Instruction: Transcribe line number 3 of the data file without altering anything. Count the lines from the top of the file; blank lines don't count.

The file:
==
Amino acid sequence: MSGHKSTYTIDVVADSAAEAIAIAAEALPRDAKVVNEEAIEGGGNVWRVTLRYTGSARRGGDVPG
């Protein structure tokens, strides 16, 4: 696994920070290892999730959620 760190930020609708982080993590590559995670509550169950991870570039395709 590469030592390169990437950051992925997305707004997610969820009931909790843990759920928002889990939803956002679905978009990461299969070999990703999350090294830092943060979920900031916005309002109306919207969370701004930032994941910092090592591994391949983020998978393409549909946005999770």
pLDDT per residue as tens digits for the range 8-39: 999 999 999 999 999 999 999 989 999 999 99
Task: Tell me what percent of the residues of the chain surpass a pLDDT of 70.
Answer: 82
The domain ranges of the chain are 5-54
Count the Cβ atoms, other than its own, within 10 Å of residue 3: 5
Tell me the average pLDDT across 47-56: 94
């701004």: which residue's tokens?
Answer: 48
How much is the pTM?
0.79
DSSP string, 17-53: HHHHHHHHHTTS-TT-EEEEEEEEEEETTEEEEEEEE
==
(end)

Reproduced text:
pLDDT per residue as tens digits for the range 8-39: 999 999 999 999 999 999 999 989 999 999 99